Carolyn Gardner sits at the dining room table of her family’s 19th century farmhouse, a stately yet incongruous structure that hold courts at the busy intersection of Washington Road and Furys Ferry. The hustle and bustle of Augusta, once miles away, now surrounds her enclave. Traffic noise steals in through the windows, but it doesn’t bother Gardner. At 90 years of age, Gardner has a razor sharp memory but doesn’t hear as well as she used to. Her 1980s push button telephones ring louder than a firehouse bell. “Don’t get that,” she tells her guests when they jangle, because she will not be distracted from a good story.

Gardner opens a faded three-ringer binder and there, in perfect script, are every one of her listings and sales for the nearly 40 years she sold real estate for Blanchard and Calhoun. Her first listing in 1973, a small appliance repair shop on Battle Row. The house on Bethel Place she sold for Dr. Corbett Thigpen, the internationally renowned psychiatrist who co-authored the The Three Faces of Eve. The two houses on Central Avenue she subsequently sold to Dr. Thigpen’s father. Page after page of entries, a sales volume so substantial it gained Gardner a charter membership in the Augusta Board of Realtors Masters Club, sales executives who sold in excess of one million dollars in real estate for 10 consecutive years.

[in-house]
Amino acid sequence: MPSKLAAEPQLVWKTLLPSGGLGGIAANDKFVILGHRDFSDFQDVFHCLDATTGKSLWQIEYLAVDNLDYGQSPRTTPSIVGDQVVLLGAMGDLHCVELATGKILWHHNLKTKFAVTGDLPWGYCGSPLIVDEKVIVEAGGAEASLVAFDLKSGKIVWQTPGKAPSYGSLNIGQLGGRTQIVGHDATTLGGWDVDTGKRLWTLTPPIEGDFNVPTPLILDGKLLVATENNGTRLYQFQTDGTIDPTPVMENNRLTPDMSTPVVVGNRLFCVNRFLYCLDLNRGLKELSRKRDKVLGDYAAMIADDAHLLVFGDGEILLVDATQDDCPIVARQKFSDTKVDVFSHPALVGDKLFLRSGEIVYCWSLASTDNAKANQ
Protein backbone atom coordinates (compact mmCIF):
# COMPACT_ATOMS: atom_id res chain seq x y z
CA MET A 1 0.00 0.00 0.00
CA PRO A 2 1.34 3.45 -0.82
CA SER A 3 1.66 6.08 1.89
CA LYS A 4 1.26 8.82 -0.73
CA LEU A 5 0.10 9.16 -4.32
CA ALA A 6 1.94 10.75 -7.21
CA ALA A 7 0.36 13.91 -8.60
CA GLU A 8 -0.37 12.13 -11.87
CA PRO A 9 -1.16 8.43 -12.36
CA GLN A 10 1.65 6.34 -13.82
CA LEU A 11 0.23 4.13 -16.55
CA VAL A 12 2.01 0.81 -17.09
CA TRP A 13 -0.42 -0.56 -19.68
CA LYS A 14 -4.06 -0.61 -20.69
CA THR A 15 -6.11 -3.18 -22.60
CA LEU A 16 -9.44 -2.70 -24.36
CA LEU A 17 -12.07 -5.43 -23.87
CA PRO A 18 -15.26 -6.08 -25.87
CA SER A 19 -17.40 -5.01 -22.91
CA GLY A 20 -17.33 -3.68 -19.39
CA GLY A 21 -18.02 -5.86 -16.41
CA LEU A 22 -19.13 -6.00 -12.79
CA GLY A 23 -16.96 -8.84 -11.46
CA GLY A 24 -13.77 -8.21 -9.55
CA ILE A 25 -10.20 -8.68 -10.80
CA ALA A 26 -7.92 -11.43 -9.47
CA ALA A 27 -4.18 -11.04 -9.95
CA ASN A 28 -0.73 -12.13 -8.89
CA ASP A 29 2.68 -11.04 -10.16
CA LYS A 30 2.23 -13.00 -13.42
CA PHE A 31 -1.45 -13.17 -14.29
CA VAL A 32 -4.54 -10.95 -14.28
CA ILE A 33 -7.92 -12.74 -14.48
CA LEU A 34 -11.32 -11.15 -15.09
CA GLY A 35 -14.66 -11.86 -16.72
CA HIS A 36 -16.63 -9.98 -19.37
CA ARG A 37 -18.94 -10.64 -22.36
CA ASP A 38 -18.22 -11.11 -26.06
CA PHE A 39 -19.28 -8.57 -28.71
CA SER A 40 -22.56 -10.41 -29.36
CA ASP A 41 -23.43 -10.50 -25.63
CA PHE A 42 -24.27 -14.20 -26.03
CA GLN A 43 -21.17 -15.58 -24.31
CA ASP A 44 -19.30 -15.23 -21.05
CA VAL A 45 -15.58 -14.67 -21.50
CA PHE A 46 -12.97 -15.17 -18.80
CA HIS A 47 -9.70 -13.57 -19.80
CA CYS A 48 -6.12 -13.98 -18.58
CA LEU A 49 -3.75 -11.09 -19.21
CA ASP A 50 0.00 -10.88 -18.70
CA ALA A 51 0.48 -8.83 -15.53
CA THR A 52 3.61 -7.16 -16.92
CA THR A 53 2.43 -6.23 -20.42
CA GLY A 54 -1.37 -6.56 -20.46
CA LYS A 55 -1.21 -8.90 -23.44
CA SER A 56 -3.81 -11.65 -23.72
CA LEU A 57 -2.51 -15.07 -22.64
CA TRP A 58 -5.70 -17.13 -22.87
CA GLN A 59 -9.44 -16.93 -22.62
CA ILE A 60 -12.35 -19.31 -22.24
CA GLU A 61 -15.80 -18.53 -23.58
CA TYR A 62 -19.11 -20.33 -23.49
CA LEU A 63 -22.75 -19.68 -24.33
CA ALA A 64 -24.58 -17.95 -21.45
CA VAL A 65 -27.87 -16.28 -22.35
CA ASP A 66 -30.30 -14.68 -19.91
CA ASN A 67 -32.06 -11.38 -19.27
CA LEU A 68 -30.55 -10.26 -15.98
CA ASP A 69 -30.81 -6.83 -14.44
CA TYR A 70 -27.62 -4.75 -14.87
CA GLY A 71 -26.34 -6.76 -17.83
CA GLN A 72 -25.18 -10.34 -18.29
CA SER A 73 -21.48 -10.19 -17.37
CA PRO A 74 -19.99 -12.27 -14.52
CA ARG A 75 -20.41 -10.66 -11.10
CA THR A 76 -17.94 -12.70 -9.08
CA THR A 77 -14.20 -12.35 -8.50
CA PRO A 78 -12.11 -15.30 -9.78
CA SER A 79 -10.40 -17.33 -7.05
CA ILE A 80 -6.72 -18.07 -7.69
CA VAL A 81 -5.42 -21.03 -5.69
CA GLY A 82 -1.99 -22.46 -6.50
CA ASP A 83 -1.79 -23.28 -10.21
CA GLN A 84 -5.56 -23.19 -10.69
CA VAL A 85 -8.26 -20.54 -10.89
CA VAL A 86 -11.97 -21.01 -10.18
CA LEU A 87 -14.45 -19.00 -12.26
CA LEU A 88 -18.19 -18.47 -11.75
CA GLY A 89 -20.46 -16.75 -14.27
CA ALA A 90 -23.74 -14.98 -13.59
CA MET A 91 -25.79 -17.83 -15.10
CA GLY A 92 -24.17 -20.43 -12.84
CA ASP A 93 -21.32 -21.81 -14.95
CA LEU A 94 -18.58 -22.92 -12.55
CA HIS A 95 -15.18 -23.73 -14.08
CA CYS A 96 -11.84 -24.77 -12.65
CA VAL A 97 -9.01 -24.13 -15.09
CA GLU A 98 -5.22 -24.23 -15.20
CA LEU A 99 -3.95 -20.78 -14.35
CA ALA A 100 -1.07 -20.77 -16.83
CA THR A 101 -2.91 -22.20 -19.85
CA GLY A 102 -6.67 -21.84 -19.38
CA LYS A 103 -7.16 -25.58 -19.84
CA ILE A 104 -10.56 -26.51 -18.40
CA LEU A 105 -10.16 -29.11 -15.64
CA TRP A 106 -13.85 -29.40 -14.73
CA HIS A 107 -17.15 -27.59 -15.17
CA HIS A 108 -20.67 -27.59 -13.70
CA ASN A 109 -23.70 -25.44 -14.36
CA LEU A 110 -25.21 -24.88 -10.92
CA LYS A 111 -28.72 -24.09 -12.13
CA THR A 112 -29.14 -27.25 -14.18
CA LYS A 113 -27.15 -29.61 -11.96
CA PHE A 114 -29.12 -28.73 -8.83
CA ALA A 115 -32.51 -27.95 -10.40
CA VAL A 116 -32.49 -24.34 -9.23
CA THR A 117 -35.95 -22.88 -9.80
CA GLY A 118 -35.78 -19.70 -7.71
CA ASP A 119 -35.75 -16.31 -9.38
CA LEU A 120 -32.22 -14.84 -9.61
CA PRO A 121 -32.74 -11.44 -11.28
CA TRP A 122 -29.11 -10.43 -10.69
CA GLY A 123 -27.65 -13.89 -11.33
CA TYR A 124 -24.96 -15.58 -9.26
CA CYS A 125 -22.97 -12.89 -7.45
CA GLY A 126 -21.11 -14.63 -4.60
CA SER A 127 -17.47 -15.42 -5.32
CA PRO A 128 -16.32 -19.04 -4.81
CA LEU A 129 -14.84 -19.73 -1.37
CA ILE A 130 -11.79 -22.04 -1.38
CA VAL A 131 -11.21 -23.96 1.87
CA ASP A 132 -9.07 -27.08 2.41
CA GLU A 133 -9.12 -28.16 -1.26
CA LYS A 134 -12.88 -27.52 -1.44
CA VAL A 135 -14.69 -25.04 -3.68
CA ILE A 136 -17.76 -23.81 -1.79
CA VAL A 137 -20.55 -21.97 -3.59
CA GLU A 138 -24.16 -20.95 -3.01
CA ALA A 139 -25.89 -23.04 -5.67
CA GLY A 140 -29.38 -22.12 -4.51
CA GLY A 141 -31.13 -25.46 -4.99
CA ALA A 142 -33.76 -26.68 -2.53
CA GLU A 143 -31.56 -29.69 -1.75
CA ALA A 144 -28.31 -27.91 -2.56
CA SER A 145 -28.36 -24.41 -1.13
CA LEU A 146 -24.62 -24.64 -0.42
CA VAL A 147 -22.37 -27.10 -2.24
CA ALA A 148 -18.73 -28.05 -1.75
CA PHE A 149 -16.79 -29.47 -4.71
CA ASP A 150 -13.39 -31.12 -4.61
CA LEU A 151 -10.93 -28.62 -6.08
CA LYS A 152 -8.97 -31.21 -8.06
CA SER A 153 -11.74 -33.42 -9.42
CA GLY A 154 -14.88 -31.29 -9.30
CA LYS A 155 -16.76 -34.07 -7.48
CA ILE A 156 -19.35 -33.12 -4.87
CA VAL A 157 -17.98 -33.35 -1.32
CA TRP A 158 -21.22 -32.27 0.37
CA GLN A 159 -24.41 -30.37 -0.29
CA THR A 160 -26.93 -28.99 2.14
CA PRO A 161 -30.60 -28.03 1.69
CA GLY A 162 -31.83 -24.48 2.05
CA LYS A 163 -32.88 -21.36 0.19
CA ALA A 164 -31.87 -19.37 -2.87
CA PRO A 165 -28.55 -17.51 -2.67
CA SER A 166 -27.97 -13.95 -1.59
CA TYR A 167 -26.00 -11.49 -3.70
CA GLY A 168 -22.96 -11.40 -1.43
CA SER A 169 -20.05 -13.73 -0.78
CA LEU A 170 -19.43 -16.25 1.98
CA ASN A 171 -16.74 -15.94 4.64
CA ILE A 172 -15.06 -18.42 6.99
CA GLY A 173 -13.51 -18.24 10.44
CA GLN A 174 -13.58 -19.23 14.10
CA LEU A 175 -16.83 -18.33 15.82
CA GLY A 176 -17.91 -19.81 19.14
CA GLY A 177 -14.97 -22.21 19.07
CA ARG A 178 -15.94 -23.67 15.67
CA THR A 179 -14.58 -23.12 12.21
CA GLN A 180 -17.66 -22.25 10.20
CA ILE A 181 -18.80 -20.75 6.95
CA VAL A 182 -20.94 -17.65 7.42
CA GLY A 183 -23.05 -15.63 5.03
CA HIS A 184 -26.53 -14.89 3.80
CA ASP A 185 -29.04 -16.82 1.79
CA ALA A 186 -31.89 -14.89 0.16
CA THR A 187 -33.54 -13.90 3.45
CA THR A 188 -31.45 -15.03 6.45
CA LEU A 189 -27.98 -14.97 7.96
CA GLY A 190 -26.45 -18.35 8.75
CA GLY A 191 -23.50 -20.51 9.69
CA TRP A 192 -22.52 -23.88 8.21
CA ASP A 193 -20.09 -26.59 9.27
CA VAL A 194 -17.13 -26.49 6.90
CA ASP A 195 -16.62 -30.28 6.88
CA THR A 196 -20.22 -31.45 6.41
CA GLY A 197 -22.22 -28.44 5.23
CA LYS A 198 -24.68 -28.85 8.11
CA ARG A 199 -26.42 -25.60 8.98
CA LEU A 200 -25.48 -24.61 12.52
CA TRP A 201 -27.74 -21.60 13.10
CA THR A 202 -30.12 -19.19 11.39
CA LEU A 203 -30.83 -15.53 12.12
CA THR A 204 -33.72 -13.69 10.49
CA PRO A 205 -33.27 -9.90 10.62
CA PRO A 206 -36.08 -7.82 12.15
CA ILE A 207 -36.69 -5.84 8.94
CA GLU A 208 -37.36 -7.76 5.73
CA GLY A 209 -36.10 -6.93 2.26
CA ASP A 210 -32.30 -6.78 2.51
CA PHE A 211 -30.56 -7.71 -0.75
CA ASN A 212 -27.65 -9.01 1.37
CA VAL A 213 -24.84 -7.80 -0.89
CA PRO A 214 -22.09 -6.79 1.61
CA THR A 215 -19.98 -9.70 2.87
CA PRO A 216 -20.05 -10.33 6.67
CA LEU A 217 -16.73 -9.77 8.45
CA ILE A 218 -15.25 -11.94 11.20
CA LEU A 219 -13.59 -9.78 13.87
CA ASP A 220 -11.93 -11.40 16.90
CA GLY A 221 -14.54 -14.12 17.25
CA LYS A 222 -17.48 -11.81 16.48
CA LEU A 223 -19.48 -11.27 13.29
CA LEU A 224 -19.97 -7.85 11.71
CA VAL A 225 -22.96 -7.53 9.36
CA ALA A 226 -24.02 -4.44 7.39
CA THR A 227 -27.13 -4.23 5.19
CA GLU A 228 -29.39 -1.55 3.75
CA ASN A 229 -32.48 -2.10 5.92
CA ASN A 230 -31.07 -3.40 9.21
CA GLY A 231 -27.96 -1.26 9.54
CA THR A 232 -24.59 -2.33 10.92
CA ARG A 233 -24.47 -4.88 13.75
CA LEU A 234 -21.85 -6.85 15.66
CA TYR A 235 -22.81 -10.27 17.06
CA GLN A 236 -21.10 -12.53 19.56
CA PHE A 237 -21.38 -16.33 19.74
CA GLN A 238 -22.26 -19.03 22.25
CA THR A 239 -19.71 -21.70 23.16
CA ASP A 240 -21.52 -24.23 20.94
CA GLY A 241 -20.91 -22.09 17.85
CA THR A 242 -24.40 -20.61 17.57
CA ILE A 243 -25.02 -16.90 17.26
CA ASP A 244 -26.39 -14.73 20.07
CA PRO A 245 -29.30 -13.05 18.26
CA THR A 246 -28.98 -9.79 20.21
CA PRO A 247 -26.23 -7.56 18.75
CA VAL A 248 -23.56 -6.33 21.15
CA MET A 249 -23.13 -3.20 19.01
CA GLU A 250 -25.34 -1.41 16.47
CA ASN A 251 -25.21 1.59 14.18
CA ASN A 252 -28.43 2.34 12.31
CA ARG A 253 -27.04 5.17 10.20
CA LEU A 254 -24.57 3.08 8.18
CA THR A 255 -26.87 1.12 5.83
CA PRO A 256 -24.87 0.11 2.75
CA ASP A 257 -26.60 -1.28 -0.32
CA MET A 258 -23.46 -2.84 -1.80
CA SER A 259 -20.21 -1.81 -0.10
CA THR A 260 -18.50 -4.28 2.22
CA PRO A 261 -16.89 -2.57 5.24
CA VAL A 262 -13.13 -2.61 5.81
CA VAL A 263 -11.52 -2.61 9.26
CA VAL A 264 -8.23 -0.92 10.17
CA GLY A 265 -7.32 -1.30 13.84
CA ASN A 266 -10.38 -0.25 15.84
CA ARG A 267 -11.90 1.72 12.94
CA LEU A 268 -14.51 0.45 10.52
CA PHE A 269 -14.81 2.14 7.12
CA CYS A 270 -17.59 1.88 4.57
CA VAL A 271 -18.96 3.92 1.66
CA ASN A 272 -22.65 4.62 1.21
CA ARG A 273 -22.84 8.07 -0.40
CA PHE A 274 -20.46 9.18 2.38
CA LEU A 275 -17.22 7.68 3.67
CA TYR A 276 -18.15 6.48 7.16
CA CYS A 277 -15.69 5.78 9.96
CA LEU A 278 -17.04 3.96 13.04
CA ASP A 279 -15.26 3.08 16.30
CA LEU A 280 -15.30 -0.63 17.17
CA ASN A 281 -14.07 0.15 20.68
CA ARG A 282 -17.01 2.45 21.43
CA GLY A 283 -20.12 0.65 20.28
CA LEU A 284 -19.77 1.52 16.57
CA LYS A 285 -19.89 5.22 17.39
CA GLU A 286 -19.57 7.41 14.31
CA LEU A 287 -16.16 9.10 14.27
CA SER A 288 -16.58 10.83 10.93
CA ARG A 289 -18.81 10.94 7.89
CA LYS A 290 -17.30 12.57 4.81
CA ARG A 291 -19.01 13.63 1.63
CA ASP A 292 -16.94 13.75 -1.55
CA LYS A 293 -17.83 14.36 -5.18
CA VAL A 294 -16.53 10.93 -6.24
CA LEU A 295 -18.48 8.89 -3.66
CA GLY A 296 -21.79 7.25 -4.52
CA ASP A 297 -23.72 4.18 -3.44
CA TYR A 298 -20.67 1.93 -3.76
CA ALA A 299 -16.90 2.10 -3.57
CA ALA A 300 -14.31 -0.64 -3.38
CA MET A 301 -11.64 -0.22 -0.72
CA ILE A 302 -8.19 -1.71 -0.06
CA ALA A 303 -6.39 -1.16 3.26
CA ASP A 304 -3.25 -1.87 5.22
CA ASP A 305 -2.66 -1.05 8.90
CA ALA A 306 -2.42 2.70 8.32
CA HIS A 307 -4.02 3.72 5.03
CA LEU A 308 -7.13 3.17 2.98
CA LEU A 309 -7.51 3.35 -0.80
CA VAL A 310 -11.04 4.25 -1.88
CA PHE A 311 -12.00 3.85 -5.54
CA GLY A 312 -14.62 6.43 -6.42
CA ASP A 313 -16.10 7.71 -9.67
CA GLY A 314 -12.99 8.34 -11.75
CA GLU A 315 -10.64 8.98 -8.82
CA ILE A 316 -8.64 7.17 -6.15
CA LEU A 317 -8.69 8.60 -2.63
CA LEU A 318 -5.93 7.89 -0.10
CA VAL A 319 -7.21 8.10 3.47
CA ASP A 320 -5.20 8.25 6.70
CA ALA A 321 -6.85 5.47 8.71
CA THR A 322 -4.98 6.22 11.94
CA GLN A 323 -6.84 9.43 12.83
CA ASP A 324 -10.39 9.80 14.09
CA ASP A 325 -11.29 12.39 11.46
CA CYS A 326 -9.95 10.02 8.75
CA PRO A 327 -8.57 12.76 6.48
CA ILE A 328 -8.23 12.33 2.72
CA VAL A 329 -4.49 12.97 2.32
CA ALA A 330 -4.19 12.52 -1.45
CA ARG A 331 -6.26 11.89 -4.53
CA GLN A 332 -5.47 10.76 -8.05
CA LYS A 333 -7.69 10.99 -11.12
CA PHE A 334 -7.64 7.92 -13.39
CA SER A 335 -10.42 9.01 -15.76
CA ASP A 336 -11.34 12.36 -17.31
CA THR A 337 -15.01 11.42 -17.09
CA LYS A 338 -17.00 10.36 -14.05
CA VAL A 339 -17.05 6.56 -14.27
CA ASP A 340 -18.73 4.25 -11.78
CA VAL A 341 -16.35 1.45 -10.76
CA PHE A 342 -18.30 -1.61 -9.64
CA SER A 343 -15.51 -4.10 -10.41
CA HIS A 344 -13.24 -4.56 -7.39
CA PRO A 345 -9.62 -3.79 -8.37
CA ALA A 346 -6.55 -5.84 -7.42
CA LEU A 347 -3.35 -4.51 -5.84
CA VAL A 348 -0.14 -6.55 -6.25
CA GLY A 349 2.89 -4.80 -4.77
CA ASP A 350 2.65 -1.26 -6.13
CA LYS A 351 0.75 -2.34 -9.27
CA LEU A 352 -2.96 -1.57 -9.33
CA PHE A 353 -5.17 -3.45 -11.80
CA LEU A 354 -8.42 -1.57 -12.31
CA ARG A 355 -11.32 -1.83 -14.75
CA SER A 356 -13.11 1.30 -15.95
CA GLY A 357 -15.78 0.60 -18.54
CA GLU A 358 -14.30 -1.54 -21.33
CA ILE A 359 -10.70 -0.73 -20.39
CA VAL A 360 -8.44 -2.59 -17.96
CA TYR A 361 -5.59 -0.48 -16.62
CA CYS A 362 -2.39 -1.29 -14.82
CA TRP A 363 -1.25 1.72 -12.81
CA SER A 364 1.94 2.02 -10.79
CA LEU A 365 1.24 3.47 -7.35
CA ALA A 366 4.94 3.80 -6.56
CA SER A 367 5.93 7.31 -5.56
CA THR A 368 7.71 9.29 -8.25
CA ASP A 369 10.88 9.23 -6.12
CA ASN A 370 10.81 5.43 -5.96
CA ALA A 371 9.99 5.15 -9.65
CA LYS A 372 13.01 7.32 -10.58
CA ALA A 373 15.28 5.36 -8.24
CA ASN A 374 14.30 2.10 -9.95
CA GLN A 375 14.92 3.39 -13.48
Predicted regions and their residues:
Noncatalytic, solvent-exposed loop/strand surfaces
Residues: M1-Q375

She pauses at an entry in the binder and looks up. “Do you know Daniel Boone?” The American pioneer in the coonskin hat comes to mind, but she quickly dispels that notion. In 1990, Gardner was working with Dr. Daniel Boone, an Augusta internist, on a new home purchase in Conifer. Gardner assured Boone and his wife that the young couple interested in buying their existing home in the Watervale subdivision would have no trouble with financing and both closings would occur without a glitch. Days before the closing, Gardner learned that the young couple’s financing was not approved. Both sales – and both dreams of a new life in a new home – were in jeopardy. While most realtors would let the chips fall where they may, Gardner did something truly extraordinary. She personally financed the home for the young buyers so that they, and the Boones, could proceed with their plans. Every month for five years, the couple hand delivered their mortgage payment to Gardner’s farmhouse. She makes light of any praise. “It was the right thing to do,” she says. “Maybe not the smartest thing – but the right thing.” Above and beyond service. The Blanchard and Calhoun way since 1919.